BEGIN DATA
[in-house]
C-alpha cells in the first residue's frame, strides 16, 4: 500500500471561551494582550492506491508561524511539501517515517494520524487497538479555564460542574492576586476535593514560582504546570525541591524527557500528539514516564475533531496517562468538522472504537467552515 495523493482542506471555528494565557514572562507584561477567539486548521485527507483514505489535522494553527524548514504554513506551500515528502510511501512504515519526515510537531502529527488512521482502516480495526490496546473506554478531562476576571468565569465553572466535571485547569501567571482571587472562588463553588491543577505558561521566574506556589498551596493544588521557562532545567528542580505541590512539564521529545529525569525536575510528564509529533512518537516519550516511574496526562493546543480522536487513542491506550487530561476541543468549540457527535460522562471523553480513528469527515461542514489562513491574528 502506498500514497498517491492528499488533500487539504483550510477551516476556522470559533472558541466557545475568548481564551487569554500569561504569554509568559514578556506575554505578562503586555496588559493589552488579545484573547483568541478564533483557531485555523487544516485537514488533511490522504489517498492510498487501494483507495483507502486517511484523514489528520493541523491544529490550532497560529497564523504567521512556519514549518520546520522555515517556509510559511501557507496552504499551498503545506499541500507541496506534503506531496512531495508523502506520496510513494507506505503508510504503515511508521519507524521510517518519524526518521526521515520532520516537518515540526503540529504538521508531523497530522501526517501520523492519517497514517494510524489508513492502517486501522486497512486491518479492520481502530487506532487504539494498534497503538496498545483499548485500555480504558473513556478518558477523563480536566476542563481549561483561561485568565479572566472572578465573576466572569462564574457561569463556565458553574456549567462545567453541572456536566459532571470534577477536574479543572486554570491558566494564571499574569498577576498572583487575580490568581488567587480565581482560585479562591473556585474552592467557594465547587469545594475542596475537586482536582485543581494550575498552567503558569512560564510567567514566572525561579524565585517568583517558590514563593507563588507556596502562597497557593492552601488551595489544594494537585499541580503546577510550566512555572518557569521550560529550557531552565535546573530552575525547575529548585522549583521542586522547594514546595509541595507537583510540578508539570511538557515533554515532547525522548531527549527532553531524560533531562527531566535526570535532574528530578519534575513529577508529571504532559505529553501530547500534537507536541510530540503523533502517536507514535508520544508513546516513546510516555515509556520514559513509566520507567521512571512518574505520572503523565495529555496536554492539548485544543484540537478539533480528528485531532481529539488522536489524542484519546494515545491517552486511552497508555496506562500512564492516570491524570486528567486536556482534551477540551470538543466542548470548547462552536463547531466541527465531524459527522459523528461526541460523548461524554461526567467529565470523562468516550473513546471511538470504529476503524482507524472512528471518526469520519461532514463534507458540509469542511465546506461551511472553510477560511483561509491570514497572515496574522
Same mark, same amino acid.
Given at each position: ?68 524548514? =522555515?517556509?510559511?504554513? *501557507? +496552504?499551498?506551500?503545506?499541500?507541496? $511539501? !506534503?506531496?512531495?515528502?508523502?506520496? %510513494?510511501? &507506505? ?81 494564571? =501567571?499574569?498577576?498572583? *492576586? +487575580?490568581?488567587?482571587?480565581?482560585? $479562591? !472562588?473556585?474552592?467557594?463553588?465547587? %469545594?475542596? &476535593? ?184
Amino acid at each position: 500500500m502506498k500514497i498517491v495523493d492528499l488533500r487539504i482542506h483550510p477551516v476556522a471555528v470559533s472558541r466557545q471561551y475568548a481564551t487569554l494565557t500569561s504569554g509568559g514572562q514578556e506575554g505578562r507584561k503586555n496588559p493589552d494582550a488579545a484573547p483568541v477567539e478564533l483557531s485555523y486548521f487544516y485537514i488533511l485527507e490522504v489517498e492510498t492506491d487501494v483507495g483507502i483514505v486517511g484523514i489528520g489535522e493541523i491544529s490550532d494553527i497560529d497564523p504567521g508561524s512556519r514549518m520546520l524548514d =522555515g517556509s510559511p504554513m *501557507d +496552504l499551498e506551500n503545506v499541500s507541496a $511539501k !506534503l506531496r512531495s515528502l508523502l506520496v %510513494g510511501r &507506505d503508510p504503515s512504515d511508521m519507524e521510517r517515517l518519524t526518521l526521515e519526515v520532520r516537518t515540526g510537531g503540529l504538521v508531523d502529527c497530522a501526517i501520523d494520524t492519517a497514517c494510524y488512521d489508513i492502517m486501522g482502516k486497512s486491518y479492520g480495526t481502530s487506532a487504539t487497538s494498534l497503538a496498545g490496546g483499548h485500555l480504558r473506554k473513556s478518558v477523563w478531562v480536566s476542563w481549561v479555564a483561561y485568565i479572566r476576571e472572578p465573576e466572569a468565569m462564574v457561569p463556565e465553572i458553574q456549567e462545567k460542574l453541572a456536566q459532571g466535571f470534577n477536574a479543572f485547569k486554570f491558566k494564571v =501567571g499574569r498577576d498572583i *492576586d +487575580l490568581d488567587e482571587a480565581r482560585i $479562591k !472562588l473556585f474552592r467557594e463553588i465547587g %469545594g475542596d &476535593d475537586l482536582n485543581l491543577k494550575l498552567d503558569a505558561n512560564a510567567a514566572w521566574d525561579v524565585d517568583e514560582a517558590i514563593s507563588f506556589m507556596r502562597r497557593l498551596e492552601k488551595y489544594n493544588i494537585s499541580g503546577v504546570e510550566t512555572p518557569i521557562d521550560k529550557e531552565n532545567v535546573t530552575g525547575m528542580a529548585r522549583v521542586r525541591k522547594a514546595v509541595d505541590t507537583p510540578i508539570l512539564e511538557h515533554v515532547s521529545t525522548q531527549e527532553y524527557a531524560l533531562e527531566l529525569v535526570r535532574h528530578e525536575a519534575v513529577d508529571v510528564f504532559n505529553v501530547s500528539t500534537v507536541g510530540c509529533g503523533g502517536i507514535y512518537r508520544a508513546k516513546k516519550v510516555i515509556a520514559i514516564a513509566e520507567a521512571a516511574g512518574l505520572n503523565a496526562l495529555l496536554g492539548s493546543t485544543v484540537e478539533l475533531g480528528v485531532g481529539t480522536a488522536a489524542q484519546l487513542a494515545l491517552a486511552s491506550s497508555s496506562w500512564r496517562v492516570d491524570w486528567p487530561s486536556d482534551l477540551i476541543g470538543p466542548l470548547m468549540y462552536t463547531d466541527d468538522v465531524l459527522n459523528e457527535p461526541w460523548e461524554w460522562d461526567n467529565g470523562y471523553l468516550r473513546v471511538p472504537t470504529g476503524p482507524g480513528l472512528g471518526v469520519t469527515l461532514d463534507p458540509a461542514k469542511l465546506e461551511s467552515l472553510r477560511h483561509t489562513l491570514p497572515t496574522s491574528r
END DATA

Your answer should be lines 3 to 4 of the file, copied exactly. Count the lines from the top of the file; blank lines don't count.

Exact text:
Same mark, same amino acid.
Given at each position: ?68 524548514? =522555515?517556509?510559511?504554513? *501557507? +496552504?499551498?506551500?503545506?499541500?507541496? $511539501? !506534503?506531496?512531495?515528502?508523502?506520496? %510513494?510511501? &507506505? ?81 494564571? =501567571?499574569?498577576?498572583? *492576586? +487575580?490568581?488567587?482571587?480565581?482560585? $479562591? !472562588?473556585?474552592?467557594?463553588?465547587? %469545594?475542596? &476535593? ?184